Wind Crystal MeringuesPosted: October 21, 2011 Filed under: Biscuits 18 Comments
I know things have been a bit quiet round here lately, so to make up, today I’ve got a little bit of Friday magic.
I tracked these down after seeing a picture on the internet. They evolved from the childrens “Experiments in Taste” workshops of Hervé This. In trying to generate the most foam from a single egg-white, This discovered that adding water to whipped egg-white drastically increased the volume of foam. By adding sugar, piping and then drying slowly in an extremely low oven just as for normal meringues, Hervé This created his Cristaux de Vent – Wind Crystals.
The most wonderful thing about these ethereal meringues is the texture. The extra liquid makes for an incredibly light meringue, which together with the slow drying in the oven produces these delicate whispers of confection that literally dissolve on the tongue in a puff of air. They are SO light and SO delicate, that you can shatter them just by trying to remove them from the baking parchment.
From a single large egg-white I managed to entirely fill two half sheet pans with meringue sticks – so about 50-60 sticks in total. I have experimented with them by adding flavours in the form of various fruit powders, but I think that adding just a touch of colour as in the picture above is all that’s required.
NB: These meringue sticks will start absorbing moisture as soon as they are taken from the oven. Pack (GENTLY!) into a ziplock plastic bag if you want to try and keep them longer than an hour or so. Good luck with that. 😉
Wind Crystal Meringues
The weight of the egg-white in caster sugar.
1 tbs water.
- Put the egg-white in the bowl of a stand mixer fitted with a balloon whisk, and switch the speed to low.
- Gradually increase the speed over the course of 2-3 minutes until the top speed is reached.
- While the egg-white is being whisked, thoroughly mix the colouring into the tablespoon of water.
- When the egg-white reaches stiff peaks, add the water and colouring and continue to whisk until the volume of meringue has noticeably increased (3-4 minutes).
- Turn oven to 120°C, 100°C Fan.
- Slowly add the sugar, one teaspoon at a time, waiting for the previous spoonful to dissolve before adding the next. I usually count between 20 and 30 rotations of the whisk between spoonfuls.
- When the sugar is fully incorporated, spoon meringue into a piping bag fitted with a 1cm plain nozzle and pipe 10cm lengths of meringue onto baking parchment. You can pipe the lines fairly close together, as there isn’t much spread.
- Bake for 45 minutes, then turn the oven temperature down to 100°C, 80°C Fan for another 45 minutes.
- When time is up, switch the oven off and let the meringue sticks cool slowly.
- When cool, carefully remove from the baking parchment. I’ve found that the best method with only minimum breakage is:
- Lay a clean towel onto the worktop to make a soft ‘landing’ for the meringues.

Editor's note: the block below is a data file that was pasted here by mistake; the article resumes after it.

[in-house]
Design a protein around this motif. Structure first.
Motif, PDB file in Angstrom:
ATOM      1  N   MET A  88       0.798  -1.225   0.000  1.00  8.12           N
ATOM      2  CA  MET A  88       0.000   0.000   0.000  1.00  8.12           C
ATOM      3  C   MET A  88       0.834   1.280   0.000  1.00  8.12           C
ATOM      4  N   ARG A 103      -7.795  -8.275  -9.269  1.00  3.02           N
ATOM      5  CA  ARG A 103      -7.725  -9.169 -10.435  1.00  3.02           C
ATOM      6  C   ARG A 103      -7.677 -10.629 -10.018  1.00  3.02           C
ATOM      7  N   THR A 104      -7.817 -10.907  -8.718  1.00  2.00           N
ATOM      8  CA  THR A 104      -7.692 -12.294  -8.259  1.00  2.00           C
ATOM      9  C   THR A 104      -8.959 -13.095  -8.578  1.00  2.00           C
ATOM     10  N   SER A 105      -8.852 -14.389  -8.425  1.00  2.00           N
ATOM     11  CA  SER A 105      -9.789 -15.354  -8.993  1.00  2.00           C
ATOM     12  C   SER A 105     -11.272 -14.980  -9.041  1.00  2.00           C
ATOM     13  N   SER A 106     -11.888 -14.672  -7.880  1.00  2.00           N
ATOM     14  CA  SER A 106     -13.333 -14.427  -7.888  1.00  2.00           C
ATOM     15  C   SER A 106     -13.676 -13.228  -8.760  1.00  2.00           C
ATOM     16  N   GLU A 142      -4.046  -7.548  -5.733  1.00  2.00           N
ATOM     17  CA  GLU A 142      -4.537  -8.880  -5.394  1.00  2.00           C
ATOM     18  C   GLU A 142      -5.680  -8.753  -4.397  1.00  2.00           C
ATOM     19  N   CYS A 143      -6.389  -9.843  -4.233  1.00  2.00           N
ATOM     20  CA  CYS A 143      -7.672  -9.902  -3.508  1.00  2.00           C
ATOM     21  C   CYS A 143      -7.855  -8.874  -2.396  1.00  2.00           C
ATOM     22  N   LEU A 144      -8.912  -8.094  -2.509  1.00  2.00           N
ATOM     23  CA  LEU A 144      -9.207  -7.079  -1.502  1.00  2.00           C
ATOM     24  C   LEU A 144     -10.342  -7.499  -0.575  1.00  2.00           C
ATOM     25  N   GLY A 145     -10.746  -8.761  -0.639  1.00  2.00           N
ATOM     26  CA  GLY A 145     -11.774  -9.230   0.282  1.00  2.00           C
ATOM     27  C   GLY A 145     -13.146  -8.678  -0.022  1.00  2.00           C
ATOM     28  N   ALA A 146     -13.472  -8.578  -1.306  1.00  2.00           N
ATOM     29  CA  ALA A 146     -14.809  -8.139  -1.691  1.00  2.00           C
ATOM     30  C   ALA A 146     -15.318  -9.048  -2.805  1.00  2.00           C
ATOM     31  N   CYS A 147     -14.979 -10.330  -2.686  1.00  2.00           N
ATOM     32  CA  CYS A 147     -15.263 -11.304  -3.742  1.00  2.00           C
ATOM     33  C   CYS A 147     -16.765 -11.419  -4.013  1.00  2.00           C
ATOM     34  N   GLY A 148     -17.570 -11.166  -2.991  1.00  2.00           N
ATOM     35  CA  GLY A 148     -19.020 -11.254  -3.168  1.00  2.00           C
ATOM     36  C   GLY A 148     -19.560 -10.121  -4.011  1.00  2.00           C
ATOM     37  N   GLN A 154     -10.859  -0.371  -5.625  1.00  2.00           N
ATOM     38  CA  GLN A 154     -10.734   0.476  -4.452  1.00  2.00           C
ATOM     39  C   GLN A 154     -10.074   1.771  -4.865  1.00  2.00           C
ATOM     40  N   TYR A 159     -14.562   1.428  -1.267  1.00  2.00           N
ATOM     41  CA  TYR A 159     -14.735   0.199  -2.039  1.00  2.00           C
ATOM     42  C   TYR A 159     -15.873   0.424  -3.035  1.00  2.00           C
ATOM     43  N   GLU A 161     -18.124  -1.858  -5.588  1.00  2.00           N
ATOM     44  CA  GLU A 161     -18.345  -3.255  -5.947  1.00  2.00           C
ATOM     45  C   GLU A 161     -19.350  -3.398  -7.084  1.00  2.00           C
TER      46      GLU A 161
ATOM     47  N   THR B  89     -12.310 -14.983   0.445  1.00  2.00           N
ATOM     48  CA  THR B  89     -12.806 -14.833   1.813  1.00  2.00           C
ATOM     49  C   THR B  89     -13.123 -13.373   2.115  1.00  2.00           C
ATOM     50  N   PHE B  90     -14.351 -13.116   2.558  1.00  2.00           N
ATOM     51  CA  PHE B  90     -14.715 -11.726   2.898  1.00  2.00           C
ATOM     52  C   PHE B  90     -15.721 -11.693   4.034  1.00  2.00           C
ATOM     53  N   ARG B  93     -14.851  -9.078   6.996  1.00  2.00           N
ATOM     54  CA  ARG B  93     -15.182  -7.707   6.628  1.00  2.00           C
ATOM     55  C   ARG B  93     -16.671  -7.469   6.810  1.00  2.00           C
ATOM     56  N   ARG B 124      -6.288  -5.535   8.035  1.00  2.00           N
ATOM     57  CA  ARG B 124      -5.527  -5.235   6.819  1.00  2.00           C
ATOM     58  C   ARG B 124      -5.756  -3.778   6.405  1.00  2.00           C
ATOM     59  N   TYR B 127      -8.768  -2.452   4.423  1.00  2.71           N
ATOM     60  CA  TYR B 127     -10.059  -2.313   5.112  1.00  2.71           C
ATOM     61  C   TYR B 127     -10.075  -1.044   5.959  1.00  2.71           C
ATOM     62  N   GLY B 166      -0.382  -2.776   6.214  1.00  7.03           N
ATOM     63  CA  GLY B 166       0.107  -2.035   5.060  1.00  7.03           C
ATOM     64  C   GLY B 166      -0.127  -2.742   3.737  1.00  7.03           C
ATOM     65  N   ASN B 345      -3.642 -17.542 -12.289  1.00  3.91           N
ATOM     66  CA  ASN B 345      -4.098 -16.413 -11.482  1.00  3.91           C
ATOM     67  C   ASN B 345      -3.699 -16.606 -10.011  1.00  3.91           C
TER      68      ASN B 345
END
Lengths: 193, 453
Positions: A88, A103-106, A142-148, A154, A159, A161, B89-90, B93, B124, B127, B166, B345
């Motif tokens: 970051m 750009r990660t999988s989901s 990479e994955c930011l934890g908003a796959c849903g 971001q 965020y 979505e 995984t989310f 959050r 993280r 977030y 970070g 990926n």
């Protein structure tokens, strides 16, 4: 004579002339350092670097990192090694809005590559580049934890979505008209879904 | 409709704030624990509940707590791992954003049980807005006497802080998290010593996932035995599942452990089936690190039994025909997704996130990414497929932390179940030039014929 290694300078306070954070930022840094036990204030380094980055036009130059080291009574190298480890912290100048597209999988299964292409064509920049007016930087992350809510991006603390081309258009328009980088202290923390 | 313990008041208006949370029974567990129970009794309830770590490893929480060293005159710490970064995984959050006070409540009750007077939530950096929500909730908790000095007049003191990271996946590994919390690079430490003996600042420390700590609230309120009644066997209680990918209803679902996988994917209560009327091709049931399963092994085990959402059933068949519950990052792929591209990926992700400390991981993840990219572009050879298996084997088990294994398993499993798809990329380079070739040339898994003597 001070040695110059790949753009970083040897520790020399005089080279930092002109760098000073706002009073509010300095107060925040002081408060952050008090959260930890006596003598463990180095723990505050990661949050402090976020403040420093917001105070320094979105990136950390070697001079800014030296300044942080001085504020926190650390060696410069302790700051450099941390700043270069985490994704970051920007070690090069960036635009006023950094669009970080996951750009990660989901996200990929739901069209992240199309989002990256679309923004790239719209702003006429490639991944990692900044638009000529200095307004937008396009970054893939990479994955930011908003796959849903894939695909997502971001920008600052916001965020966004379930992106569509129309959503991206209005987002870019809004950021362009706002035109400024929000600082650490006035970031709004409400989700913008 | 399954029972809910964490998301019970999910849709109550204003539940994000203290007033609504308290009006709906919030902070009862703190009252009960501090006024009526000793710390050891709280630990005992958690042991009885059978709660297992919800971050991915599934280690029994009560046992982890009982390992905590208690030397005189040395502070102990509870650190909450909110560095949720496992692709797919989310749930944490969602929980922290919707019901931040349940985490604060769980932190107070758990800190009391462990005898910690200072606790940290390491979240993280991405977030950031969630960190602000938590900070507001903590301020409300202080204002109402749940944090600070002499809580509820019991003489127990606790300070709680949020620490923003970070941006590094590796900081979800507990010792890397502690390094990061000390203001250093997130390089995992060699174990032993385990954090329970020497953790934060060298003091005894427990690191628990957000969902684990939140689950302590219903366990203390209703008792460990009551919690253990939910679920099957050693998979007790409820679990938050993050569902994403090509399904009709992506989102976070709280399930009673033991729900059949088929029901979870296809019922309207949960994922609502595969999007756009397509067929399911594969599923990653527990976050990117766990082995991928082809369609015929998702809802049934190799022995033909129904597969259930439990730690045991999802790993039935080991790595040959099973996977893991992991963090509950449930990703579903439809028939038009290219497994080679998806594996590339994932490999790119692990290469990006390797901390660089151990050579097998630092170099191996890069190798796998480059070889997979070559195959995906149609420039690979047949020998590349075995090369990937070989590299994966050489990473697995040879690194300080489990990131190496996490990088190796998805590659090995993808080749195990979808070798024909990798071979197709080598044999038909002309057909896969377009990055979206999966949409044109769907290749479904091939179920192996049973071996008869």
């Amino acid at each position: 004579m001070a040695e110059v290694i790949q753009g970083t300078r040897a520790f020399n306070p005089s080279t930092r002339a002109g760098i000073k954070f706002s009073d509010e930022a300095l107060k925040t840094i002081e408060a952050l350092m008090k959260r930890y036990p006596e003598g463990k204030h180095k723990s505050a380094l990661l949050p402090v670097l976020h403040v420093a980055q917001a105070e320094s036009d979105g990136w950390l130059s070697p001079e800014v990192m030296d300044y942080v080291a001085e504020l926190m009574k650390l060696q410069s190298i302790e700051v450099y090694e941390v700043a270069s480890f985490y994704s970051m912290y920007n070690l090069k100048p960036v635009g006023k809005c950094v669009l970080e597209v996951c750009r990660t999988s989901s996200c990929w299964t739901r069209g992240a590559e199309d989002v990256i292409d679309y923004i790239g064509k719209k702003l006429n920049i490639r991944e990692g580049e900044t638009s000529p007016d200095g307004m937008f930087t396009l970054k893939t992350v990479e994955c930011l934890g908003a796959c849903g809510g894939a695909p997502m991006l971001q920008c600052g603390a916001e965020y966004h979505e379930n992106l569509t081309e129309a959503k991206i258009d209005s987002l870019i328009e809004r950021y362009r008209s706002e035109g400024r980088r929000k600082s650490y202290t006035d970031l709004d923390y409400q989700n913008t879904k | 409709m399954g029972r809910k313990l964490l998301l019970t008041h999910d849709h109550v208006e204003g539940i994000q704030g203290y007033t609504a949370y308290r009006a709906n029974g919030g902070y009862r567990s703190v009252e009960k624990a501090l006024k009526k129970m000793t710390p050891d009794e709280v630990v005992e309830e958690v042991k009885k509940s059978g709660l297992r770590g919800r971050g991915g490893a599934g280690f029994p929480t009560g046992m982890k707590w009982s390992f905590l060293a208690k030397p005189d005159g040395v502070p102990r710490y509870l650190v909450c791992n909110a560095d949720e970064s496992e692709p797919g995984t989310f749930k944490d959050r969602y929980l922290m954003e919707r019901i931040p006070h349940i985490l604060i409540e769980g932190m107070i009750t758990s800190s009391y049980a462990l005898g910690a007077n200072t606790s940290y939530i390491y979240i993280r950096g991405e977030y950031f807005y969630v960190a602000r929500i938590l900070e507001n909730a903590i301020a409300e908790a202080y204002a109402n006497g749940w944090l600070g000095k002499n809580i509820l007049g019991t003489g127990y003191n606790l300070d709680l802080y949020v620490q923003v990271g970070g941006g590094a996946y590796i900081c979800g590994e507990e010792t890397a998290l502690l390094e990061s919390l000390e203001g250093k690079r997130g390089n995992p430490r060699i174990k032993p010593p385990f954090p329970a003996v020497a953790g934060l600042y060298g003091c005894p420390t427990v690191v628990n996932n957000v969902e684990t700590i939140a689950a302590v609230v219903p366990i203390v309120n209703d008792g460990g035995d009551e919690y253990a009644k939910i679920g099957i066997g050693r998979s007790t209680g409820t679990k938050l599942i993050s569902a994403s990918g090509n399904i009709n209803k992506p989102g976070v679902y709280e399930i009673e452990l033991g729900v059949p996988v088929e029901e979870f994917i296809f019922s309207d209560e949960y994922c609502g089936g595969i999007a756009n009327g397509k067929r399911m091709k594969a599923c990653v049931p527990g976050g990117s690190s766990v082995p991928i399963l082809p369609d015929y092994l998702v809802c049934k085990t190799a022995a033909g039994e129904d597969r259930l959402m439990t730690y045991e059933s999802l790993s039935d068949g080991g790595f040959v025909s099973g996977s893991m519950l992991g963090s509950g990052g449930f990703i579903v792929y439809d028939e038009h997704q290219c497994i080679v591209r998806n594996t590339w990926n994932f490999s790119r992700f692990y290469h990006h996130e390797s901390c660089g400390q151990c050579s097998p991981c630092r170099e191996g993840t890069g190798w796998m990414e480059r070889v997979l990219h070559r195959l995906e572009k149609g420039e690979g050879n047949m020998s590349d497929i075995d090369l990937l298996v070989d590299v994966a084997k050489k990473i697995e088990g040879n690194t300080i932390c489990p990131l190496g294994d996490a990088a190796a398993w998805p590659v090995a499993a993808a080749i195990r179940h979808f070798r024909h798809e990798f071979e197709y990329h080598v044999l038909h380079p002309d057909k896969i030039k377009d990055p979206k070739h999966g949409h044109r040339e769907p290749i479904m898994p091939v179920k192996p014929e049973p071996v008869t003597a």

- Slide one hand under the parchment.
- With the other hand, peel the parchment down and away from the meringues, allowing the stick to fall onto the towel as they come away from the paper. Trying to pull a fragile meringue stick up off the paper is never going to end well.
Cost: £0.30 (depending on the size of the egg), October 2011
Wow, these sound delicious. I might try this recipe over the weekend.
I’m making a birthday cake for my niece next weekend, wonder if this is something I could use as decoration.
Wow what an unusual take on meringue, thanks for sharing
You never cease to amaze me Mary Anne. This is a must have a go recipe x Off I go then…
Do I remember you making these for the final
For experimentation : see the recipe for Coffee and Hazelnut Cristaux de vent at http://www.altergusto.fr/tag/blanc-doeuf/ (in french). Caveat : I have not yet tried that recipe.
In one paper, Hervé This says “… en le faisant cuire 40 minutes à 120°C, puis 2 heures à 100°C, on obtient une sorte de meringue que j’ai appelé “cristaux de vent”.” Have you tried this much longer cooking time, and how do you compare the results ? Thanks for unearthing this recipe.
Compared to some of the pictures out there, the sticks were really thin, and so crisp after 1.5 hours that I didn’t want to risk overdoing them (done this before, very disappointing).
Such delicate colours and texture I should imagine!I really must get some fruit powders they sound such fun to use and experiment with
.I can almost picture you as an alchemist in your kitchen mixing bits of this and that and coming up with gold !
Love learning all the tricks of the trade from you that make cooking such an art form.
Think I’m to heavy handed to get these off the baking parchment but they look wonderful!
These look so pretty!
Oooh wow! These look fantastic!! 🙂
These look wonderful Mary Anne, I’m so pleased you’ve shared this recipe, i’ve wanted to try it since the final XXX
Fabulous colours, I can’t wait to give these a try. GG
Hi Mary Anne, what colouring did you use to get these striking colours.I used just the standard Dr. Oetker (is he actually a doctor and of what!) and they are very pastel in comparison. x
Wotchers Jessica! I use the brand Sugarflair – which come in little plastic pots with (usually) a gold label – you can find them on ebay and also on cake decorating sites. They have the consistency of Marmite – very thick – but you only need a tiny amount – like the head of a match. The pots are about £2 each, and last for ages because you use such small amounts. Hope this helps! M-A 😀
Thanks for the advice i will check them out. Still (eagerly) waiting for my wands to cook!
Just a quick note : when baked on Teflon baking sheets, the meringues can be picked up easily, with no risk of breaking – at least in my experience up to now.